Tuesday, April 16, 2019

Notre Dame de Paris

50 years ago, in the first episode of Kenneth Clark's monumental 1969 TV series Civilisation - https://www.youtube.com/watch?v=w6qYjisp51M&t=311s - Clark stood on the bank of the Seine River in Paris and asked, “What is civilisation?” Answering his own question, he then said "I can't define it in abstract terms, but I think I can recognize it when I see it.” As he did so, he turned to what was behind him across the River, the Cathedral of Notre Dame de Paris, and continued, “I’m looking at it right now.” 

Begun in 1160, it was basically completed by the mid-13th century and has long been recognized as one of the great Gothic masterpieces. It has been inseparably linked with the identity and history of France, "the eldest daughter of the Church." The trials and tribulations of the French Church have been hers. In 1548, Huguenots destroyed some statues. It was more thoroughly desecrated by the French Revolution, which rededicated it to "Reason" in 1793 and then turned it into a warehouse. Napoleon restored its religious, Catholic character and then in 1804 crowned himself Emperor there. General Charles De Gaulle attended a triumphant Te Deum there on August 26, 1944, to give thanks for the liberation of Paris from the Germans (even while sporadic gun shots rang out, both outside and within the great cathedral).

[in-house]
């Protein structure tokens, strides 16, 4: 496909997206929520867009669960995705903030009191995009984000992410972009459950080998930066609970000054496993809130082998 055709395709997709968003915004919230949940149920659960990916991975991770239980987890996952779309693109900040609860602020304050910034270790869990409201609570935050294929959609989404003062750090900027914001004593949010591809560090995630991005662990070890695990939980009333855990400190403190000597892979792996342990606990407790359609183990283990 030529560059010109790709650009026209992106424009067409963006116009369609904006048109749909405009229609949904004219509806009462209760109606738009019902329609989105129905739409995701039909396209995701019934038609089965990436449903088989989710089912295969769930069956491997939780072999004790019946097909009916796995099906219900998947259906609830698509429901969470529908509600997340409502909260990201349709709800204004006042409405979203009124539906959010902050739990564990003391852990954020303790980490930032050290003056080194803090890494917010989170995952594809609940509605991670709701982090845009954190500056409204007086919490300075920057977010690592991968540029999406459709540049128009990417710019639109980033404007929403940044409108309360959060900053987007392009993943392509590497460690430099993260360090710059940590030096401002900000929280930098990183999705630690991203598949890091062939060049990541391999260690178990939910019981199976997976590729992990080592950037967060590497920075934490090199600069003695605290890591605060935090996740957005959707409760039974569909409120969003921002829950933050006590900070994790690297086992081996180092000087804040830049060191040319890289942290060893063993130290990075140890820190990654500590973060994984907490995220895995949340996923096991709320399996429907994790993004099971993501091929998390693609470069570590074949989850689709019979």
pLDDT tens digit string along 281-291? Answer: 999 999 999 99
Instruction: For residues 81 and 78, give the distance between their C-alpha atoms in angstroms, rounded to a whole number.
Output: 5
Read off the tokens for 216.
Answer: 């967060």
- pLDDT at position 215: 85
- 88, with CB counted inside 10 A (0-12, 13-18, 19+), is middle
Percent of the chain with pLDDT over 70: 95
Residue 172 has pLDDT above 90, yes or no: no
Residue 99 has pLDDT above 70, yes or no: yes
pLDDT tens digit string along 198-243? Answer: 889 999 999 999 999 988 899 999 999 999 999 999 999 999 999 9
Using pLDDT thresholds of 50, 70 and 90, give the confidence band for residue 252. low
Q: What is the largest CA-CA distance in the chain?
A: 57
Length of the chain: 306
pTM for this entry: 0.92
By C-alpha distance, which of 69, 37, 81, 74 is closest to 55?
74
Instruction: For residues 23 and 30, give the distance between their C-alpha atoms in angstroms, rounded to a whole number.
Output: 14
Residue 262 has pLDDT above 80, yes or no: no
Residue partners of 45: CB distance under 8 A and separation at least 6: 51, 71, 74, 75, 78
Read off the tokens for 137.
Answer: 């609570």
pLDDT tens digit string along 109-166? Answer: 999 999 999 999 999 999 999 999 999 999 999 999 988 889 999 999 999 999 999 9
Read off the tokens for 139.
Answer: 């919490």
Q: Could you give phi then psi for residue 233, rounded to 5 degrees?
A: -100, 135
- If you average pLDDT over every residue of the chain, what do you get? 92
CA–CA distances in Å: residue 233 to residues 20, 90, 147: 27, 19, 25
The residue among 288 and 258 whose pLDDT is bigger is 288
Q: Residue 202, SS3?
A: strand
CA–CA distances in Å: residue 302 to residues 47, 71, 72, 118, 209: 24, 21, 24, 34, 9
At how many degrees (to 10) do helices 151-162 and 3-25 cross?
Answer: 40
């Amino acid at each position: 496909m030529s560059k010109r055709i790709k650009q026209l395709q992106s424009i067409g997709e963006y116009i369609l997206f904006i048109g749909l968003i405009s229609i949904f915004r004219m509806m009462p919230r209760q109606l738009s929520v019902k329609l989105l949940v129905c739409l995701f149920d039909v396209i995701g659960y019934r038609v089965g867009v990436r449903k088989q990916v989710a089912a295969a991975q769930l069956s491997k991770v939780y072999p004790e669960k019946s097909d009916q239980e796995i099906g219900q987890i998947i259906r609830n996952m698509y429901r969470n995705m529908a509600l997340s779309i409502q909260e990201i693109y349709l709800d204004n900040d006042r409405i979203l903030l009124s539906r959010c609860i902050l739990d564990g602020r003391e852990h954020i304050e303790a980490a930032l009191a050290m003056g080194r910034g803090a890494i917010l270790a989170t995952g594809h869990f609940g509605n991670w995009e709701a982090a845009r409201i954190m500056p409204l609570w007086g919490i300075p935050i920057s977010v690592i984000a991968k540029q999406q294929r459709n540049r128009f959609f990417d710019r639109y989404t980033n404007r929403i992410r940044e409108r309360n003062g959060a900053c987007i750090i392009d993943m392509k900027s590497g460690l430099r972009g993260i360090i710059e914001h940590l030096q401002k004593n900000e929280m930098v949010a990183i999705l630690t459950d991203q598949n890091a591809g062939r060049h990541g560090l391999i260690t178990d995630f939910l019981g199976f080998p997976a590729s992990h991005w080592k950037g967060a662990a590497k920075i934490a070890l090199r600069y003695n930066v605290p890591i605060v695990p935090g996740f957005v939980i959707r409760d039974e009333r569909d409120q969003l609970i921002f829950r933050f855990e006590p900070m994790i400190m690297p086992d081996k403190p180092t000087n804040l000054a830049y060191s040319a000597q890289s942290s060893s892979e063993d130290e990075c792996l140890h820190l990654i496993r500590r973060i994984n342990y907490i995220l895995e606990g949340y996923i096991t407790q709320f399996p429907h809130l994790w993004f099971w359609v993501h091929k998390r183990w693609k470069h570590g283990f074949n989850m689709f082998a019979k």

It is no accident that distances within France are marked from kilometre zéro at Notre Dame.

Last night's fire was yet another tragic blow to that sacred place, as well as an incalculable blow to our Western cultural heritage. Our post-modern, secular society aptly expresses its spiritual emptiness and its inhuman ugliness in its soul-destroying inhumane ugly buildings, reflecting the diminished character of contemporary human aspiration. The age of the great cathedrals was limited and imperfect in many ways, but at least it directed human hearts and minds to look upward as opposed to our contemporary preoccupation primarily with our petty selves.

Although the monumental (19th-century) wooden spire completely collapsed, fortunately the familiar bell towers and much of the fabric have survived, a true tribute to the inherent wisdom in gothic architecture. Also the relic of the Crown of Thorns has been saved. There is still a church, however damaged, on that historic site. And, God willing, the world will somehow bestir itself to rebuild this treasure of our past and of our hopes for the future.

(Photo: Catholicnewsagency.com)


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